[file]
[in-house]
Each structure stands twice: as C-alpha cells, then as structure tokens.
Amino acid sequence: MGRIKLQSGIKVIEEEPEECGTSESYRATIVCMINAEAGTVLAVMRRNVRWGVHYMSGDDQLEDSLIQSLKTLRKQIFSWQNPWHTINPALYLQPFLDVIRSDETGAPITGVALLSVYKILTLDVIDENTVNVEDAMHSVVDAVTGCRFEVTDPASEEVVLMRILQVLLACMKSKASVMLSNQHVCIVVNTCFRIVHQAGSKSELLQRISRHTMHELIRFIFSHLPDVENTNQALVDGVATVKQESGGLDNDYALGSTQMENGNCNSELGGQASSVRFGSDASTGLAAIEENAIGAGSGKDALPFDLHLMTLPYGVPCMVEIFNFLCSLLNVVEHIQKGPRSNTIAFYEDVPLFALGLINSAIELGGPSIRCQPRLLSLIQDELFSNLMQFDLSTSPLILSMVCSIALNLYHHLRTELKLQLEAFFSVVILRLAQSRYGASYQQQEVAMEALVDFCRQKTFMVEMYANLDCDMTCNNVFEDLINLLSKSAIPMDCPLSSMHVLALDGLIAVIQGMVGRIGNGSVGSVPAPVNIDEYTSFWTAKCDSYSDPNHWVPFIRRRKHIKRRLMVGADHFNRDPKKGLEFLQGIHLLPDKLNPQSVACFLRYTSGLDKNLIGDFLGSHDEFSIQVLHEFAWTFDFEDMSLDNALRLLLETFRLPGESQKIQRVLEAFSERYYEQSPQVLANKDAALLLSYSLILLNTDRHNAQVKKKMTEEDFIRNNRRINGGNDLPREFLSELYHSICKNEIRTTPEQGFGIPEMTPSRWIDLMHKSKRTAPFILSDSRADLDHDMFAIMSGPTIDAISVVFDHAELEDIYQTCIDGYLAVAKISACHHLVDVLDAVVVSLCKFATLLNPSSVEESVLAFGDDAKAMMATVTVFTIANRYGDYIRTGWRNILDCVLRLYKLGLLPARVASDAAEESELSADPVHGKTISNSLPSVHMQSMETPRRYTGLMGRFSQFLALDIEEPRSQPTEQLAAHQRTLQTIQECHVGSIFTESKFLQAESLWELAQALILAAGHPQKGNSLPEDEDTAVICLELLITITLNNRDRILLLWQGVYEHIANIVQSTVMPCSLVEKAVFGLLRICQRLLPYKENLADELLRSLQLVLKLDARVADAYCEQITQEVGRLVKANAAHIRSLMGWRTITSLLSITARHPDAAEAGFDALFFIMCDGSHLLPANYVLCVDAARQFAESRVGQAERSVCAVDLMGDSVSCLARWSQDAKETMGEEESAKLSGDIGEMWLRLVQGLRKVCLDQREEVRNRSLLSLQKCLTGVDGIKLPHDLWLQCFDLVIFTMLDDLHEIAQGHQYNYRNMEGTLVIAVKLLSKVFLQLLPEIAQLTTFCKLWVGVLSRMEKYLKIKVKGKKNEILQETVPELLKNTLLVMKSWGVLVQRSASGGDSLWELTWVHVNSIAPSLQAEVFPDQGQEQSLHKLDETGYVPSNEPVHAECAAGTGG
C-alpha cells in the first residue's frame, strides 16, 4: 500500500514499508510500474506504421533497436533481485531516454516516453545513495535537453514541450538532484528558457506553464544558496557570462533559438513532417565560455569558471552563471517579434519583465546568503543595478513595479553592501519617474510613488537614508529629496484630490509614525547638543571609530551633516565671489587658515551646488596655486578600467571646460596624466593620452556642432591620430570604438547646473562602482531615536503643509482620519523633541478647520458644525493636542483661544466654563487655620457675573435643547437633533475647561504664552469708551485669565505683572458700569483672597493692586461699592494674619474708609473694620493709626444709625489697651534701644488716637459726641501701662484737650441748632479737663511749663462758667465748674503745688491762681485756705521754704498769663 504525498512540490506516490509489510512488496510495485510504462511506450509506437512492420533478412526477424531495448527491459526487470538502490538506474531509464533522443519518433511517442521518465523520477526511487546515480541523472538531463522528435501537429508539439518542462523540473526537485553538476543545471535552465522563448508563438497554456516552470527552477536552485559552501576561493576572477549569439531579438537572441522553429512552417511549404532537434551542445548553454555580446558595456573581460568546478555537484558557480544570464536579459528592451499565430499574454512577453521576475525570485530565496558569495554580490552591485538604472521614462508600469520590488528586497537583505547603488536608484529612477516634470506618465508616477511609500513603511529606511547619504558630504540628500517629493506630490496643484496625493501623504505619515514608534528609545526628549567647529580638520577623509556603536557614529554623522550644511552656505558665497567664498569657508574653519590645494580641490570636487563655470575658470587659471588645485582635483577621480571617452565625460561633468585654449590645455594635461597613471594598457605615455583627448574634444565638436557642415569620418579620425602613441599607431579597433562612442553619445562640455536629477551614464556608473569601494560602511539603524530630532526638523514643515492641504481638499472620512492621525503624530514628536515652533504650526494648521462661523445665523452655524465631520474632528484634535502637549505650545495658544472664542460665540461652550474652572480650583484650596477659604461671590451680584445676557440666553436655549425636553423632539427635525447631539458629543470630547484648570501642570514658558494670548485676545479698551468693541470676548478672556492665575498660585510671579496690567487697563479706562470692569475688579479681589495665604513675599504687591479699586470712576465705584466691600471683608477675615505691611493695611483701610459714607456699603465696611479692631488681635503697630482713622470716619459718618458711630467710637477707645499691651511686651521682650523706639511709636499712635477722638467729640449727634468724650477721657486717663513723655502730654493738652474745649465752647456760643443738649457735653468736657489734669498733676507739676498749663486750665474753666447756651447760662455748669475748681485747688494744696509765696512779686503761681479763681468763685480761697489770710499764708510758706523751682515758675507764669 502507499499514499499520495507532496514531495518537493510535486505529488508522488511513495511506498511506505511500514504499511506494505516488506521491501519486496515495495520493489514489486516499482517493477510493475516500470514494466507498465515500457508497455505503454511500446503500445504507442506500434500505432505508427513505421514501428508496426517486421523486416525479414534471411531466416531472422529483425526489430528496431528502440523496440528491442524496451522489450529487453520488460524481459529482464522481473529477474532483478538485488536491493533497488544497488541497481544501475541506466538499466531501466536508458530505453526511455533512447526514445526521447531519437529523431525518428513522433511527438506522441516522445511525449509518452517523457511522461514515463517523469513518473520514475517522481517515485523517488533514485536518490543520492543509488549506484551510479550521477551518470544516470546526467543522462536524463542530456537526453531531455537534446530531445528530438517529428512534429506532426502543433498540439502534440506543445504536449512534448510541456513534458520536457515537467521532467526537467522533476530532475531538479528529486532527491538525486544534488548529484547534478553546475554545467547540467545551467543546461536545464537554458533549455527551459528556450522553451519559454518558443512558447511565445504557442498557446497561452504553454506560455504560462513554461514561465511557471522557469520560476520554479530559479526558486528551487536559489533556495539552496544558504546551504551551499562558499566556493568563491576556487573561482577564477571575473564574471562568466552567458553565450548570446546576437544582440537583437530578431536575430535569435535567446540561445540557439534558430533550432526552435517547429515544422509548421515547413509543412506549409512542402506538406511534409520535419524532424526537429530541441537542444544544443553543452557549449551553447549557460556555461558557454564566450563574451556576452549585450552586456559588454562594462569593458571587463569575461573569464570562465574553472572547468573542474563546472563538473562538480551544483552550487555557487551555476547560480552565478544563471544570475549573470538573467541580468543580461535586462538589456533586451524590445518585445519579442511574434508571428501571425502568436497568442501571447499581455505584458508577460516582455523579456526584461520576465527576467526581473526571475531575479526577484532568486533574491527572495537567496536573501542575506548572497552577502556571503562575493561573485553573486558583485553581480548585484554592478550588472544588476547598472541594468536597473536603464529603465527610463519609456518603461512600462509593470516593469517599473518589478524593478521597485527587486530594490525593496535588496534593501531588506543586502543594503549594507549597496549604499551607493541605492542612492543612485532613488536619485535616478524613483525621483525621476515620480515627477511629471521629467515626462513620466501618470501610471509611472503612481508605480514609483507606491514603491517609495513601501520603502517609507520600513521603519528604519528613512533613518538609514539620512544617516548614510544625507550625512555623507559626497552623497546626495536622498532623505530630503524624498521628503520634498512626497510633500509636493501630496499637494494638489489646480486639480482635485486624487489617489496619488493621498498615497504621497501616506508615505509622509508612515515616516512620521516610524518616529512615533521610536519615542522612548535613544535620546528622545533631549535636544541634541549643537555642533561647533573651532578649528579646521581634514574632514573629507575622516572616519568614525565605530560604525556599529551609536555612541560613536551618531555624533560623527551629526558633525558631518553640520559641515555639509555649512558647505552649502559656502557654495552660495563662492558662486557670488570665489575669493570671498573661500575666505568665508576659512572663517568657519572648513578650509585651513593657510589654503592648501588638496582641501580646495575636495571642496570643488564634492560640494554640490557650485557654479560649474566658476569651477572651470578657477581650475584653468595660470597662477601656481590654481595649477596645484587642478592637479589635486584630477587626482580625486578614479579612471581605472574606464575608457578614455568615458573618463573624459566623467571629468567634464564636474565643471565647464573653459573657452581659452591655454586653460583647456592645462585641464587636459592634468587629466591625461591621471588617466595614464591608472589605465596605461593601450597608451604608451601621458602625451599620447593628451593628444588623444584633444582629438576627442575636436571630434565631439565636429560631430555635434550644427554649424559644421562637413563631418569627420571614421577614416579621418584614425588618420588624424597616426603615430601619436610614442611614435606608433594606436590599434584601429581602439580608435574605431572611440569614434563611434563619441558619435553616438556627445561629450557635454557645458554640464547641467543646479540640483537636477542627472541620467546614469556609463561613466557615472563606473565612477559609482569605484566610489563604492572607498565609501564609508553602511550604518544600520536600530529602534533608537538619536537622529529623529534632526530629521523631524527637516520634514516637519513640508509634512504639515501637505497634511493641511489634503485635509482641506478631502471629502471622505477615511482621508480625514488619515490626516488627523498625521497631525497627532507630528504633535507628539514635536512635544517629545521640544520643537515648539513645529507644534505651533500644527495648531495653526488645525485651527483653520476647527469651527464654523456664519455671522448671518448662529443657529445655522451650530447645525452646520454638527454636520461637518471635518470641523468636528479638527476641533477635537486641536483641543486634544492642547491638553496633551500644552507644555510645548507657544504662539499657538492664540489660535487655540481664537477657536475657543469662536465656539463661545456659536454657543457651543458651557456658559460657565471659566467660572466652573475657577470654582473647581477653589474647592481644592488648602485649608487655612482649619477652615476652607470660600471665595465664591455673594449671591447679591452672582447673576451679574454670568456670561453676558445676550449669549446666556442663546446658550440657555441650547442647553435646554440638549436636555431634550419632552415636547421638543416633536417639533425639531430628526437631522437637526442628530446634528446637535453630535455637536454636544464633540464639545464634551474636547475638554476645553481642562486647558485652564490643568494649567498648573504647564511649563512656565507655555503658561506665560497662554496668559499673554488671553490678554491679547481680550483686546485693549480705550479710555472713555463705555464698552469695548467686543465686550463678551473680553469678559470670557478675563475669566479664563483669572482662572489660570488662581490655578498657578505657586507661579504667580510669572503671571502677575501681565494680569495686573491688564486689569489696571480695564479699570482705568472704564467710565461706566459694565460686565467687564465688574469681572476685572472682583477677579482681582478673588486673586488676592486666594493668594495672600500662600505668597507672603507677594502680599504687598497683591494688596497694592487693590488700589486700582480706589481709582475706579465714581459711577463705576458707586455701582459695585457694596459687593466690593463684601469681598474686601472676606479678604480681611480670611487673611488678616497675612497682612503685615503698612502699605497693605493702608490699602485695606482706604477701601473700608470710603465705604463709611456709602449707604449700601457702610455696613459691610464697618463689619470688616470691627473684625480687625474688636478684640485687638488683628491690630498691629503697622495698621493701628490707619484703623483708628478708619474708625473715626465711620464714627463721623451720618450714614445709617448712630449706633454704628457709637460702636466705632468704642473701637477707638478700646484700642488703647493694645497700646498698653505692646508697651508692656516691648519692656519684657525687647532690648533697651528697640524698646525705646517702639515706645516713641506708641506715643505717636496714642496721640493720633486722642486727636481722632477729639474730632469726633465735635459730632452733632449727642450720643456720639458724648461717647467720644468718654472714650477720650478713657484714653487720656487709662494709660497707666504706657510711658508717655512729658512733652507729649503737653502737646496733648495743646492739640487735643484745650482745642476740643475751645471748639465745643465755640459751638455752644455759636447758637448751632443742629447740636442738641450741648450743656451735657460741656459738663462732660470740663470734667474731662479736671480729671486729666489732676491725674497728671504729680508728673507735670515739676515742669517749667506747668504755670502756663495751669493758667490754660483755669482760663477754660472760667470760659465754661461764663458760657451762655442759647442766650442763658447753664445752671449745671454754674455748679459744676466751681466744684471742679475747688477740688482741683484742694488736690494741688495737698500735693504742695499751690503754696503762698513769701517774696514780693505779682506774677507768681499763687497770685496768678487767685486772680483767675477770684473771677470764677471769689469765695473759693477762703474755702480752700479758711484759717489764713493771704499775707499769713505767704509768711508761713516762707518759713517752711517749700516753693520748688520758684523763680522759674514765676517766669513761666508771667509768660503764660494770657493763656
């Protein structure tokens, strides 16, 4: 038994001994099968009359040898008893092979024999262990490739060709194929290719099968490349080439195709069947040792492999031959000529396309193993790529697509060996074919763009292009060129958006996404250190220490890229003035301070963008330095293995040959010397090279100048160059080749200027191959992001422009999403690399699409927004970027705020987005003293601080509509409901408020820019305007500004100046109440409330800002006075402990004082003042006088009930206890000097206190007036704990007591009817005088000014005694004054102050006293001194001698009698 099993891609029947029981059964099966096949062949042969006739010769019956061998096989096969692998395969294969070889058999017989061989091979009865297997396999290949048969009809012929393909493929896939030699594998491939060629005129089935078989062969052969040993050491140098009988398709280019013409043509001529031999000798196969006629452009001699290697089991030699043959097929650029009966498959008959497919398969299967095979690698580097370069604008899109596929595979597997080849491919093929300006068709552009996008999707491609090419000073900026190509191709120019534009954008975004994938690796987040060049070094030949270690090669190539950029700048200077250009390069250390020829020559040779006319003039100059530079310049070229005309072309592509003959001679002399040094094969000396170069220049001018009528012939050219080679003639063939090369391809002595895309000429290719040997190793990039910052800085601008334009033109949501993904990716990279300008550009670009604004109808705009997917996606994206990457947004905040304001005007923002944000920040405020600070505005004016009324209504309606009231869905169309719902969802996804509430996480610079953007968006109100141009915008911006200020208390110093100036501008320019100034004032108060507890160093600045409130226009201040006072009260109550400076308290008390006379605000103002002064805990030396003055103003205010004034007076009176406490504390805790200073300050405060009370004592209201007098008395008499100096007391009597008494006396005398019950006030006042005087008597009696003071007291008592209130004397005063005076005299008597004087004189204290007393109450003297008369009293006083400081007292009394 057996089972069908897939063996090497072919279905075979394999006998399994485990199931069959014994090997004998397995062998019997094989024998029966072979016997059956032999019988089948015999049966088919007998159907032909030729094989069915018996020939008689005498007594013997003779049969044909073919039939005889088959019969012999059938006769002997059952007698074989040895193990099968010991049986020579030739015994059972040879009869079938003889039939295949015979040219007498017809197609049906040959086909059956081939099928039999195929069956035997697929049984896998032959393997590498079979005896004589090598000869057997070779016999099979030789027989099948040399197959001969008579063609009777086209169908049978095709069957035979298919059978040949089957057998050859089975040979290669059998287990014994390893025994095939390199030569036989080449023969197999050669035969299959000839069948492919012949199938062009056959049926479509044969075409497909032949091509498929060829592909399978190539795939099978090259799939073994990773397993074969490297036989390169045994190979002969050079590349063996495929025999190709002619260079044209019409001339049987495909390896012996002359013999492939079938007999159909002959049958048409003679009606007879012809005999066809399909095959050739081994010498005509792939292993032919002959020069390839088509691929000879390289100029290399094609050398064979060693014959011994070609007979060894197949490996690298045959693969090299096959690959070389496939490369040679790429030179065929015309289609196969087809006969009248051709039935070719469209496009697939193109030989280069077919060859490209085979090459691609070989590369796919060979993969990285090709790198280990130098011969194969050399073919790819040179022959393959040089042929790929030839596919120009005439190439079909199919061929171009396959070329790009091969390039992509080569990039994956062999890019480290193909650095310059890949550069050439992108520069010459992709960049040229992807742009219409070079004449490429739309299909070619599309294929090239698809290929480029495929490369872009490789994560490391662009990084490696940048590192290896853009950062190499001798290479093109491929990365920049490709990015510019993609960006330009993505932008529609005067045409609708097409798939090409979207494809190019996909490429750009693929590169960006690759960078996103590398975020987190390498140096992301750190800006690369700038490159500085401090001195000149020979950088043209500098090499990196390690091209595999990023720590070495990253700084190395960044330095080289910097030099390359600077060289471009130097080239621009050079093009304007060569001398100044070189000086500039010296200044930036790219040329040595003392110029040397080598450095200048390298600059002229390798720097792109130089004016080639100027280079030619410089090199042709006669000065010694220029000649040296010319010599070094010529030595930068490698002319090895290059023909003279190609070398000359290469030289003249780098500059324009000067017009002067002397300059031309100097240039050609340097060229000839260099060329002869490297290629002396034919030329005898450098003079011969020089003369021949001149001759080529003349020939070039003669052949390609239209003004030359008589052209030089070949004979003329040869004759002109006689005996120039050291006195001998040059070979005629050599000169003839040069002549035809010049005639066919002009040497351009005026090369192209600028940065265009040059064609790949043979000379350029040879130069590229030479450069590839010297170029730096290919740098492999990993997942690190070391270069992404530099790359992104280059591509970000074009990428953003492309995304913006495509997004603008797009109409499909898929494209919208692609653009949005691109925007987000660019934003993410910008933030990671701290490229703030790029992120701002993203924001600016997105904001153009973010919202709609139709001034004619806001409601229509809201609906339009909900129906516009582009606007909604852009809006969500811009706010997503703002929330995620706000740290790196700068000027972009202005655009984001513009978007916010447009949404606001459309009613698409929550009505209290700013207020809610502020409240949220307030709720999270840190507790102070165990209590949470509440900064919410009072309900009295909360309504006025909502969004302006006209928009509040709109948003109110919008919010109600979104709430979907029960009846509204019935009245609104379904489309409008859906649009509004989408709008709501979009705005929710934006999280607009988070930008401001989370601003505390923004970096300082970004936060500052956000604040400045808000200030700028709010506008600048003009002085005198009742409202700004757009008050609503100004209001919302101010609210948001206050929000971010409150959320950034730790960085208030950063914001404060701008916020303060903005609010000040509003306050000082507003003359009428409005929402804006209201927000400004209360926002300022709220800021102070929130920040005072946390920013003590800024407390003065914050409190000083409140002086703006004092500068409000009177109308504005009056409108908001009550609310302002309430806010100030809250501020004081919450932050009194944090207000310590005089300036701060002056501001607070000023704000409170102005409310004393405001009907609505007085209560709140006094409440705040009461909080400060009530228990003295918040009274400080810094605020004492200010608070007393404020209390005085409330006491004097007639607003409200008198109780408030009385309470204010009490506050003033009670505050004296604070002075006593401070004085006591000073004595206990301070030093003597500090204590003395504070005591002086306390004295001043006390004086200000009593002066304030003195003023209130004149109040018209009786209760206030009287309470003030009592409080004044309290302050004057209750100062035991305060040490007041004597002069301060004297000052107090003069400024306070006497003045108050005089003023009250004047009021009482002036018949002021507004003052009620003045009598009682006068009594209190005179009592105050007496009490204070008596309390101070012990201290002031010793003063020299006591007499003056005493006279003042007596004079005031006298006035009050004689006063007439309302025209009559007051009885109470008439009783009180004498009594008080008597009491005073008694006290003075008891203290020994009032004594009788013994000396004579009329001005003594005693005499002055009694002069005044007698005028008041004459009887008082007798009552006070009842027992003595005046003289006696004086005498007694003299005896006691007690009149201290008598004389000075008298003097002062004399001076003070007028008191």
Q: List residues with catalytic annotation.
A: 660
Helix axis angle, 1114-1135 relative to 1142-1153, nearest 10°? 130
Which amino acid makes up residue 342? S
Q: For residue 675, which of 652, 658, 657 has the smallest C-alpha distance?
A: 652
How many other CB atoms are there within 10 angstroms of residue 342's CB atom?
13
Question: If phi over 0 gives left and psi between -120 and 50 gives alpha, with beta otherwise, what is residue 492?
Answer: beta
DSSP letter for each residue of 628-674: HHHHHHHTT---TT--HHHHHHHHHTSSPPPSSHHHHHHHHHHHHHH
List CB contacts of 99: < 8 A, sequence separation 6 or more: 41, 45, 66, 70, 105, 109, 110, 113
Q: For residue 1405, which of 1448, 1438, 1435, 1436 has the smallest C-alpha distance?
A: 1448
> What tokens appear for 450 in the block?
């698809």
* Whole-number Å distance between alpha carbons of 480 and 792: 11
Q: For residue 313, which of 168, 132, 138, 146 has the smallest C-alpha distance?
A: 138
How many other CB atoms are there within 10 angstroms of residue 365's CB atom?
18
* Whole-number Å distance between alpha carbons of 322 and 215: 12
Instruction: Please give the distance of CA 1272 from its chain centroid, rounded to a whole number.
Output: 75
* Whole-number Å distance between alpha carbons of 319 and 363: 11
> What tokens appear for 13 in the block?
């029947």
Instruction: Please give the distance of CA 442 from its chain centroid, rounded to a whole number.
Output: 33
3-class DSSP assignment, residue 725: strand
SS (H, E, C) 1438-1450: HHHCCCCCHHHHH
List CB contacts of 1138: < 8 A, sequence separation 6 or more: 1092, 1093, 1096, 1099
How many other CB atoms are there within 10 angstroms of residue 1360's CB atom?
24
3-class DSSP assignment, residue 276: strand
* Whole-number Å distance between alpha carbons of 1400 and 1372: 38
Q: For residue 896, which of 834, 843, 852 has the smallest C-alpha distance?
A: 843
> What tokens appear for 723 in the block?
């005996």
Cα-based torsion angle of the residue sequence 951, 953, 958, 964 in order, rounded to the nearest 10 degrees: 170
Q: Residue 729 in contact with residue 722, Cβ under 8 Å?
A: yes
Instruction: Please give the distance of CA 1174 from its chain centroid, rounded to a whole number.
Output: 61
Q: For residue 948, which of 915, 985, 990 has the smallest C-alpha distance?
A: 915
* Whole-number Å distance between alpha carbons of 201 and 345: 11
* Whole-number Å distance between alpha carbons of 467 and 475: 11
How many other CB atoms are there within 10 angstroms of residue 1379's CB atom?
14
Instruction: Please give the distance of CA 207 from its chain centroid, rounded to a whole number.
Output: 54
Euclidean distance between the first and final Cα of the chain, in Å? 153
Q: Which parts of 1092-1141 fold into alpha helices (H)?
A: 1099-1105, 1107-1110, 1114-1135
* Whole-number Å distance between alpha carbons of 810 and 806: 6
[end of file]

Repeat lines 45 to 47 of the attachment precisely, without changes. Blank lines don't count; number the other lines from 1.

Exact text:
């005996």
Cα-based torsion angle of the residue sequence 951, 953, 958, 964 in order, rounded to the nearest 10 degrees: 170
Q: Residue 729 in contact with residue 722, Cβ under 8 Å?